At the Sept. 8 reception launching his 2011-12 term as president
of the Massachusetts Bar Association, Richard P. Campbell decried
the lack of adequate funding for the state's court system, saying
it was crucial to protecting the rule of law.
"Our way of living is dependent on the rule of law, and the rule
of law is under attack now, because without properly funded and
operating courts, the rule of law will diminish, and with it, so
too will the quality of our lives."
(See Campbell's President's View column in the
September issue of Lawyers Journal to read about his three
priorities for the 2011-12 term.)
"Dick brings great stature to this position. He has been
successful wherever he's been," MBA Past President Michael E. Mone
(1993-94) in his introduction. Mone also praised Campbell's
advocacy in combating underage drinking
Speaking three days before the 10th anniversary of the Sept. 11
terrorist attacks, Campbell talked about the role that MBA leaders
played in its aftermath. As the chair of the American Bar
Association's Tort, Trial & Insurance Practice Section,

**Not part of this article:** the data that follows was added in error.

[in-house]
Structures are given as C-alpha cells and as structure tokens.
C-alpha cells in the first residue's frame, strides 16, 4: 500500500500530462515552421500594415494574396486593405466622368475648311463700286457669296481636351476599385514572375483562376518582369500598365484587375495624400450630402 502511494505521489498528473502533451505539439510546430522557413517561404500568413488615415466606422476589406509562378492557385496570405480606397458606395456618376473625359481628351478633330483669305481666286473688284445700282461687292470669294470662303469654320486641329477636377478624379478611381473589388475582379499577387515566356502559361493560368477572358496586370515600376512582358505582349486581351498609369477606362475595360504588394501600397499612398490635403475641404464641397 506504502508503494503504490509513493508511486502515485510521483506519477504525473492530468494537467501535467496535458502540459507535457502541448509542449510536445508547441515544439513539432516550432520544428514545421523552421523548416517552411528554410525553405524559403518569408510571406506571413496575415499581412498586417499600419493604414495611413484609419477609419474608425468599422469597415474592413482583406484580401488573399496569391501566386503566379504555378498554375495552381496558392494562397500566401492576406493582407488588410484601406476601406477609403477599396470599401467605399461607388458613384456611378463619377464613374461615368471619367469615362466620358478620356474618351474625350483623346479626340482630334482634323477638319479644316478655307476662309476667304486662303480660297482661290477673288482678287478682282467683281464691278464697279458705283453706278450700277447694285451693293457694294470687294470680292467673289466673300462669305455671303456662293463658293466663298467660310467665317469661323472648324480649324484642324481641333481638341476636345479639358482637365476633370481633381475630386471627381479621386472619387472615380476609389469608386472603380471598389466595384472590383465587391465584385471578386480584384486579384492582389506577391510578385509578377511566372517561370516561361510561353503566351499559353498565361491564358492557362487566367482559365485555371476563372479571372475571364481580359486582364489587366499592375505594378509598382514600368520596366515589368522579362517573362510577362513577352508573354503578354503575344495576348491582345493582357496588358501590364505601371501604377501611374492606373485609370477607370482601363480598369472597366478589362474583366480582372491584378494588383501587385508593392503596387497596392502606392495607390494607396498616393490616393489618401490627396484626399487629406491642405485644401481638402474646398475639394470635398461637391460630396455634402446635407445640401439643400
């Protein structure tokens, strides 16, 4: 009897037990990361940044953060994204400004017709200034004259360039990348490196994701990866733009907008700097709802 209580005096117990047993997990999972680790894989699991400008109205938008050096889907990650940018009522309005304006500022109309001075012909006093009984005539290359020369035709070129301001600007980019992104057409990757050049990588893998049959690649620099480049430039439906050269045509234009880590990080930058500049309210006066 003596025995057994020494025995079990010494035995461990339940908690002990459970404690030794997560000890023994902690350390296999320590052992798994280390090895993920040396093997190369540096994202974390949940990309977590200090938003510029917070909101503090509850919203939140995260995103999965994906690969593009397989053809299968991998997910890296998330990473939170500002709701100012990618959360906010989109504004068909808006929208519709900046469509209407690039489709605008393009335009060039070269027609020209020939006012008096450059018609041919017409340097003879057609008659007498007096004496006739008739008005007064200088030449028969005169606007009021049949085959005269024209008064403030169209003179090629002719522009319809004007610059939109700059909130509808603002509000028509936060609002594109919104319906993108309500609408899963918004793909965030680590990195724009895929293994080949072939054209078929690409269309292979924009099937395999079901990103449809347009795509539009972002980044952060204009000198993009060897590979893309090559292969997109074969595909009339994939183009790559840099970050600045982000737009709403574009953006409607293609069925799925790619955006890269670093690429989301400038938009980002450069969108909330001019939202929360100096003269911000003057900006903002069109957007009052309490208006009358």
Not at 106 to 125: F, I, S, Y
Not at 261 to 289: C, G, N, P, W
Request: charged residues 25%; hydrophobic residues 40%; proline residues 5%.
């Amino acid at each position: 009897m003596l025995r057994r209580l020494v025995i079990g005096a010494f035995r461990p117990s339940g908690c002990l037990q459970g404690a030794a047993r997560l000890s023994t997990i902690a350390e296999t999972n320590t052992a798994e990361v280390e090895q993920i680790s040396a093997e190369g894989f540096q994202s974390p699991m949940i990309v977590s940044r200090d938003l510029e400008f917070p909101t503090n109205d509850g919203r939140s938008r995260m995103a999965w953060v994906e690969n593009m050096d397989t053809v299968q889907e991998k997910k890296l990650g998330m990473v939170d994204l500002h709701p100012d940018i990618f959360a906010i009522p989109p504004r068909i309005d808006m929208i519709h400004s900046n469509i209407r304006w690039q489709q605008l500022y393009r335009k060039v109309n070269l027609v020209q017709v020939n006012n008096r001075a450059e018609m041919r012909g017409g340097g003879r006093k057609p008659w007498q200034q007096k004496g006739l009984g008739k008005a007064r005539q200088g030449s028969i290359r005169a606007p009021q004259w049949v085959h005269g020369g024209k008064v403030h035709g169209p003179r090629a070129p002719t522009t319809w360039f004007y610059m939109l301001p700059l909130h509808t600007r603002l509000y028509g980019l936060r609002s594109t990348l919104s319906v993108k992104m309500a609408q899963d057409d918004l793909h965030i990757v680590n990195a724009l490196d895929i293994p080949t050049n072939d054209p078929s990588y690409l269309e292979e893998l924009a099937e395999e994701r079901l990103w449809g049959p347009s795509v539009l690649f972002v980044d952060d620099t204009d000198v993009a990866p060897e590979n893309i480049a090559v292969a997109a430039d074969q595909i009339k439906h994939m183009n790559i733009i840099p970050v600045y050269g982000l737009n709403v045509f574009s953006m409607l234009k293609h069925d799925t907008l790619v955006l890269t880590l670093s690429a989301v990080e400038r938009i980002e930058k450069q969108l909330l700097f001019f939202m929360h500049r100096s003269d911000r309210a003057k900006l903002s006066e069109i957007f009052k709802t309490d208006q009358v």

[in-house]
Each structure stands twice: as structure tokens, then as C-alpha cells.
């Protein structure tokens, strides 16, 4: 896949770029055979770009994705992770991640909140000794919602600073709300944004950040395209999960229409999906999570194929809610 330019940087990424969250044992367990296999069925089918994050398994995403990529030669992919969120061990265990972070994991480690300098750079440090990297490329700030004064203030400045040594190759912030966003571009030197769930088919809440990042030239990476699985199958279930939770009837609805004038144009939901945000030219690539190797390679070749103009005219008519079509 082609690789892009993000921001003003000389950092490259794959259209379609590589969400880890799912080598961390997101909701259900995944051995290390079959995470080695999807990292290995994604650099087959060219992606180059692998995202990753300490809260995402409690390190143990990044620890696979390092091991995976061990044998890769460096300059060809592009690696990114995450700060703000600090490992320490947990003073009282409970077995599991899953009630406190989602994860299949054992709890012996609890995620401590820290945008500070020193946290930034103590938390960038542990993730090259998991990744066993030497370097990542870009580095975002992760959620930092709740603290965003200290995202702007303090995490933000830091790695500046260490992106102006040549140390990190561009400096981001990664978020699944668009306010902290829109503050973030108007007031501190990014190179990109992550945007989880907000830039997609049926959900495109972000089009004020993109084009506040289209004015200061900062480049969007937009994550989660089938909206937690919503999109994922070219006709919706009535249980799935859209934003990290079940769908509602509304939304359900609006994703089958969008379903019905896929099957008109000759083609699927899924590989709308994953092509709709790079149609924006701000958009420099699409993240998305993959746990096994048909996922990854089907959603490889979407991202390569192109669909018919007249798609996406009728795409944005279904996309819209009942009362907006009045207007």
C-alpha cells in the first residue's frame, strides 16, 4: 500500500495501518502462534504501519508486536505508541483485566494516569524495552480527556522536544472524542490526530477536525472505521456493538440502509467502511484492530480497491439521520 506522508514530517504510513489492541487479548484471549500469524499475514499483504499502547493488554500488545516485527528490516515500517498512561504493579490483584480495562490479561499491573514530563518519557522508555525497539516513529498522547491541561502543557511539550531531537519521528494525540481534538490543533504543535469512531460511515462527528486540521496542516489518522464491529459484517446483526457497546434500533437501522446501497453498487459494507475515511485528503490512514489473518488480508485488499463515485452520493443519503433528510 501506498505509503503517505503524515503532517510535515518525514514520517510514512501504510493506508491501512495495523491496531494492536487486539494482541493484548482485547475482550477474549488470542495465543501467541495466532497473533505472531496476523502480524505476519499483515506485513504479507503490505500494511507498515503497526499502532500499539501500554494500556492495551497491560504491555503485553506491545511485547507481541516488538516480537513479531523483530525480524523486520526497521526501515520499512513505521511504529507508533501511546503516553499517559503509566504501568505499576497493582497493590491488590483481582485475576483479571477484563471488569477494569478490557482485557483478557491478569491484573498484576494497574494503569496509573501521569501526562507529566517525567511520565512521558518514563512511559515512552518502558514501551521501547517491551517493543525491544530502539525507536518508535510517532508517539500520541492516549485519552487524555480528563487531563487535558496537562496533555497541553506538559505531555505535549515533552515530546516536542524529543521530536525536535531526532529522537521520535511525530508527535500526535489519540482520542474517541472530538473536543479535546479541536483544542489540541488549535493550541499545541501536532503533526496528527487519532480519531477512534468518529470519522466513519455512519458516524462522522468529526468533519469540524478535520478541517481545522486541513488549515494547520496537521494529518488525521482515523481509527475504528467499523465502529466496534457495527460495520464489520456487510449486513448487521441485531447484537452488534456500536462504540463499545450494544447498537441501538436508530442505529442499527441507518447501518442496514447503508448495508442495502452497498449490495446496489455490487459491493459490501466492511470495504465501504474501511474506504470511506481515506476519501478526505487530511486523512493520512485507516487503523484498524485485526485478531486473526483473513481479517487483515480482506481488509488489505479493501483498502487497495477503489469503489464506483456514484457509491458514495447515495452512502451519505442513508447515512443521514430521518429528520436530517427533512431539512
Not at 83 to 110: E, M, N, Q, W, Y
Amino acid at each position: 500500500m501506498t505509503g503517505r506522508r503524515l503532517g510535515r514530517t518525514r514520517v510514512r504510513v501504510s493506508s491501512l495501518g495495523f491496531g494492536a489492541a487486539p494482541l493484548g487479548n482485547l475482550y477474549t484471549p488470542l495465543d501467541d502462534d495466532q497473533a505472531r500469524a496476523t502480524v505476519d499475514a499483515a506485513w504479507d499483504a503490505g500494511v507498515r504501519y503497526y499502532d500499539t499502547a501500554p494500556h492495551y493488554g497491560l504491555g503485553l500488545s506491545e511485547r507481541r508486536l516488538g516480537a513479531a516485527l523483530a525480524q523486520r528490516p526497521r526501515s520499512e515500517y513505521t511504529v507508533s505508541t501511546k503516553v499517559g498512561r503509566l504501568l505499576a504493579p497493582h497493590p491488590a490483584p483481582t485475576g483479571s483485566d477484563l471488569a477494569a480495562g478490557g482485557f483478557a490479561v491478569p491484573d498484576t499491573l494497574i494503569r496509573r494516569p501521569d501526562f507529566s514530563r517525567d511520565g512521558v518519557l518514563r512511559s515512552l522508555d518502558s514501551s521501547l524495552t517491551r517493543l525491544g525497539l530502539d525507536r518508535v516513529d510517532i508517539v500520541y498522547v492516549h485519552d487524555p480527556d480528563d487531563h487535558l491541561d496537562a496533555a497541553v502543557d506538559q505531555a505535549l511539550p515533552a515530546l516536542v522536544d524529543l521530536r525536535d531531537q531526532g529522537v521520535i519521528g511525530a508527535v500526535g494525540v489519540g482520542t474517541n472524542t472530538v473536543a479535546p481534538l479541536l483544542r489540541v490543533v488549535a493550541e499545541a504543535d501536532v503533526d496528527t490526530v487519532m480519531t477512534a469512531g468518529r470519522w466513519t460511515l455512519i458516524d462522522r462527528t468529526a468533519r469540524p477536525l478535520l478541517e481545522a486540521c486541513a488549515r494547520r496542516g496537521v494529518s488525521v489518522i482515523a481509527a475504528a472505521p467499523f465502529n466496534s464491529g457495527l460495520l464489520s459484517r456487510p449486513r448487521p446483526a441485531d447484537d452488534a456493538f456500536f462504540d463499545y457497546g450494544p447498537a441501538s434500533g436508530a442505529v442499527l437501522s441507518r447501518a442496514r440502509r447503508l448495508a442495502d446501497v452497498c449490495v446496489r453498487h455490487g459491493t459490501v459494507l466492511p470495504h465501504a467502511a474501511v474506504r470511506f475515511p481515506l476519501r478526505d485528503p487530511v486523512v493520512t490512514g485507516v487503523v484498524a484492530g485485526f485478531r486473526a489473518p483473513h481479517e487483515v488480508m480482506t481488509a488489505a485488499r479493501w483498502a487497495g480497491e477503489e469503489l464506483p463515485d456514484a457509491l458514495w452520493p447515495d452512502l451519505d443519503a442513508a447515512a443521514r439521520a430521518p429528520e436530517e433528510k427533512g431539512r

Campbell held the section's first meeting about a month after the
attack. Much of that meeting was spent eulogizing a young lawyer he
knew, Kirsten Christophe, who had just returned from maternity
leave. She worked on the 101st floor at the World Trade Center.
"I raise 9/11 with you tonight because I want to bring to your
attention again the huge role that Massachusetts lawyers played in
the aftermath of that terrible disaster," Campbell said,
referencing the efforts of Leo Boyle, Ken Feinberg, Mike Greco,
Kathy O'Donnell, Michael Mone Jr. and others.
"Fast forward to 2011," Campbell said. "Massachusetts lawyers
face another important challenge to the rule of law. It may not be
tied as directly to violence and mayhem, but it is nonetheless
under attack. Courthouses are closing and those that continue to
operate have diminished hours of operation. Court staffs are
suffering layoffs, furloughs and pay freezes. Judges are leaving
the bench at alarming rates."
Campbell used examples -- such as residents expecting the
electricity to work if they pay their bills, or not having to pay a
cop a bribe if they get pulled over -- to illustrate how "our
way of life depends on the viability of the rule of law."
Campbell said he hopes a future MBA president will be able to
look back with relief that the MBA successfully fought for adequate
court funding. "Ten years from now, hopefully another MBA president
will reflect back on 2011 and tell the audience at this reception
that the members of the MBA played a pivotal role in keeping our
courts open and vibrant," Campbell said. "I look forward to working
in that direction, and I look forward to working with all of